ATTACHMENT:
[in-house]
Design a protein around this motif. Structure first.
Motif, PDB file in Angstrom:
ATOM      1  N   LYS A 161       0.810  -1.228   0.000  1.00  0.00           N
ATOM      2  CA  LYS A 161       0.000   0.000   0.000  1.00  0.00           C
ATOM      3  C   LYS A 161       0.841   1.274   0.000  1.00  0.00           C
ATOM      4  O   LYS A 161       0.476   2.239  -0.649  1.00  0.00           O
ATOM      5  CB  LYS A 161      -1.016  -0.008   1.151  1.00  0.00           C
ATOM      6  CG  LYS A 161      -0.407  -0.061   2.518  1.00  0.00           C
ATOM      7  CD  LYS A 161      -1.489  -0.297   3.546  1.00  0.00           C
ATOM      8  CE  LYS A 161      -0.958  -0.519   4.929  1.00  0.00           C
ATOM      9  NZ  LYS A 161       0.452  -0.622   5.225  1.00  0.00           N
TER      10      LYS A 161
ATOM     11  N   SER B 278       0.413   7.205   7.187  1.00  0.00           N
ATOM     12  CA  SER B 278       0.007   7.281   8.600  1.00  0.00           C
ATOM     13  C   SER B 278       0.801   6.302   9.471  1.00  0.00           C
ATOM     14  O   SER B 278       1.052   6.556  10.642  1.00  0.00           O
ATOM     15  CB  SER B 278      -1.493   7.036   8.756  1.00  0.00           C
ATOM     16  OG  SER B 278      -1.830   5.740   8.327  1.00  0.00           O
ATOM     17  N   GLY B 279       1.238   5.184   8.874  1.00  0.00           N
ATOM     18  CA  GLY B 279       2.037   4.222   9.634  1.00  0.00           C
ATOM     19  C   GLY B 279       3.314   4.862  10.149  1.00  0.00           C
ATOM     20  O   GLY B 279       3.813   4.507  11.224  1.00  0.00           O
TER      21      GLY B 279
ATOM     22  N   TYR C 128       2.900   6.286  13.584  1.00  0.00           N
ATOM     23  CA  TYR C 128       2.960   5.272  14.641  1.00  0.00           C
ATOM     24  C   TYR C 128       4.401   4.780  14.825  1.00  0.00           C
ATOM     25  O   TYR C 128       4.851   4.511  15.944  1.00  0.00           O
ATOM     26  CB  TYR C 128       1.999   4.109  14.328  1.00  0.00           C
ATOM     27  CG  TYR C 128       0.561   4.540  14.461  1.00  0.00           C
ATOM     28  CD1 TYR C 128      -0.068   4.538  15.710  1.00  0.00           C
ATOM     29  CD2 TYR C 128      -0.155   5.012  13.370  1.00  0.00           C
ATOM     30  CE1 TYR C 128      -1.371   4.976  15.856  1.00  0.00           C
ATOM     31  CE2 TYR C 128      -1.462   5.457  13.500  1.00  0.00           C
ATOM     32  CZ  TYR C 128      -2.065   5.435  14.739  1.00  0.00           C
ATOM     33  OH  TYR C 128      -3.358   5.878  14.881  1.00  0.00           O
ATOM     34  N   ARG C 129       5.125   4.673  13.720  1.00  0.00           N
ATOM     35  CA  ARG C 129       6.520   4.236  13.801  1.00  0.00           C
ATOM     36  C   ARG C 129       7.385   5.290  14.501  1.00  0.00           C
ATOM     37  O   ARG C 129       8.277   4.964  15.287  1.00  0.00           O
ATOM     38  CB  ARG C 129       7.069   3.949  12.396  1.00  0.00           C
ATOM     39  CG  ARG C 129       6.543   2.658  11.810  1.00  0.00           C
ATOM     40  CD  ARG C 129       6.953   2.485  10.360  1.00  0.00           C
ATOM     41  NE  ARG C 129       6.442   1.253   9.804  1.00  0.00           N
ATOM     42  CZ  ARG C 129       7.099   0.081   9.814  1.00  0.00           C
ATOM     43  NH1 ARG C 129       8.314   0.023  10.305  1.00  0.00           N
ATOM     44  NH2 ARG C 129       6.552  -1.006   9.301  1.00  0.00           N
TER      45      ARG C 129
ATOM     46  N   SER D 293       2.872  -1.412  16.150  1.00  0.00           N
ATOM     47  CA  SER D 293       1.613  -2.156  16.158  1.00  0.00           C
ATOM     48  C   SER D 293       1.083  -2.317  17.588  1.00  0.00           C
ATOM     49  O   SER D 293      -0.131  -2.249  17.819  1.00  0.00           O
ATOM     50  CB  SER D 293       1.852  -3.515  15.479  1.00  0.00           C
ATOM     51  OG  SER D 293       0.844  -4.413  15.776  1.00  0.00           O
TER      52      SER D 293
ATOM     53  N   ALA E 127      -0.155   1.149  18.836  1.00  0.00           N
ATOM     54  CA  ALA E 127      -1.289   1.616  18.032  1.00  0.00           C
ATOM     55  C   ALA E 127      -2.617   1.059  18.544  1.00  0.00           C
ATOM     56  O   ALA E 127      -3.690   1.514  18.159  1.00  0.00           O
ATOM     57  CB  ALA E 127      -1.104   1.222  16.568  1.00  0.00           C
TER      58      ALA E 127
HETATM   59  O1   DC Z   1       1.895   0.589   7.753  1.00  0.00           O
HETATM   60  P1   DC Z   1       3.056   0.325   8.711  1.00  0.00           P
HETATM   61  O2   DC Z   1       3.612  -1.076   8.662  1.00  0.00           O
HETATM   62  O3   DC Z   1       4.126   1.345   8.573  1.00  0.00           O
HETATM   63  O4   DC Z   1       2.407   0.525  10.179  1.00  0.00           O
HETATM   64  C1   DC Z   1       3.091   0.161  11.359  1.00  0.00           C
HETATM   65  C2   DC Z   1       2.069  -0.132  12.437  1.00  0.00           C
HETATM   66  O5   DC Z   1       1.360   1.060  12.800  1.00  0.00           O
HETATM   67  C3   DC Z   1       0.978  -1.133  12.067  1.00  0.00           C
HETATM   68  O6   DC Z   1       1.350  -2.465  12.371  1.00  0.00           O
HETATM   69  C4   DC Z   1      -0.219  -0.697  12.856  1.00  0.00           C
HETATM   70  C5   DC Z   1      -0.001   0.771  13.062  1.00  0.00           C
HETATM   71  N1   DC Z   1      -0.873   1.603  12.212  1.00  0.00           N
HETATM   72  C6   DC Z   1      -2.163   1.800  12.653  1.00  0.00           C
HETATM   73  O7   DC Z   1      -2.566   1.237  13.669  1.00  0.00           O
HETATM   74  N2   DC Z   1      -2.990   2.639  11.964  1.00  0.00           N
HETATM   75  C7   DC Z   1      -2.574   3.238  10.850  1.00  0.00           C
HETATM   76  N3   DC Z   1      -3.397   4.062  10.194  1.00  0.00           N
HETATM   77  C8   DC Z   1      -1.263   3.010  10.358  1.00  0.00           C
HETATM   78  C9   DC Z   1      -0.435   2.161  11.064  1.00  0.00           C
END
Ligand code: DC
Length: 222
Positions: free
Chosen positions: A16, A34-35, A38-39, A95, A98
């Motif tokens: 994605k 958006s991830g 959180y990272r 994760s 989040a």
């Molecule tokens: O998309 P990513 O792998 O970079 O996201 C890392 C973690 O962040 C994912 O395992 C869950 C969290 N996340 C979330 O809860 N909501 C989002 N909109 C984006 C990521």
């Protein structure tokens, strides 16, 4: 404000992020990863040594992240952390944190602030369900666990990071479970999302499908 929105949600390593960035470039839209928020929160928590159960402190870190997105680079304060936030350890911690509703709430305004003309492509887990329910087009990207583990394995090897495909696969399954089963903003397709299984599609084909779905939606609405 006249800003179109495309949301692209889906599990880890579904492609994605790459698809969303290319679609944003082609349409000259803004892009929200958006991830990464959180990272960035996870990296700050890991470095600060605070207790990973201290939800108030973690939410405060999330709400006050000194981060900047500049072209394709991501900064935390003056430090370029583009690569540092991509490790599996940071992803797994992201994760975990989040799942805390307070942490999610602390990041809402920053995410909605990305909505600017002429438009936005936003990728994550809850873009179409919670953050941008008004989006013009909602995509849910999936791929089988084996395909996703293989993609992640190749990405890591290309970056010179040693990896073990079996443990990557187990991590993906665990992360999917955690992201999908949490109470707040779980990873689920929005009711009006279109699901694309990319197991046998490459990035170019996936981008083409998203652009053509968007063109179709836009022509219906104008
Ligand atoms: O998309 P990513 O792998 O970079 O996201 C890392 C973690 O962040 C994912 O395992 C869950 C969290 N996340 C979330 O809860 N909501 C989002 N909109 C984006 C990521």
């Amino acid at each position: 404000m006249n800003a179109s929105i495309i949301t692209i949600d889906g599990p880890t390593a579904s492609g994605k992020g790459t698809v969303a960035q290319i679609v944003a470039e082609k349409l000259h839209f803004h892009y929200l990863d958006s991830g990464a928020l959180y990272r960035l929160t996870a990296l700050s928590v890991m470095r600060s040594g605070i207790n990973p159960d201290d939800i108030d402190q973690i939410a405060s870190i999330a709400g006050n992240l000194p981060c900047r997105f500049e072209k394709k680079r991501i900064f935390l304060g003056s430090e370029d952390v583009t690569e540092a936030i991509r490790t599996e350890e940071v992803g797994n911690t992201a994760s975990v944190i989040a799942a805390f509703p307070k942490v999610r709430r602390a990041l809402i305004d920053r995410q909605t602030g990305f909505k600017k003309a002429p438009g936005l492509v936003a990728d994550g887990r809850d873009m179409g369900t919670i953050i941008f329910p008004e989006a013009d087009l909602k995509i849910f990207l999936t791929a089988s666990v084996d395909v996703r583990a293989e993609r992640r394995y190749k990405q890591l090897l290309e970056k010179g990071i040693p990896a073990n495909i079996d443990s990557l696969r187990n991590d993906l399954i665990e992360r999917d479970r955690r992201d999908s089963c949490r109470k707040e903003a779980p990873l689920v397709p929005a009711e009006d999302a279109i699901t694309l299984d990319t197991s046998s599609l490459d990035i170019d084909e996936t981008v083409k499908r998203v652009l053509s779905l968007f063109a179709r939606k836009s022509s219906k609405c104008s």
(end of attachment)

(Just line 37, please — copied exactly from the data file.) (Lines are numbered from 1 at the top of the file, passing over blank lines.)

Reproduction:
ATOM     34  N   ARG C 129       5.125   4.673  13.720  1.00  0.00           N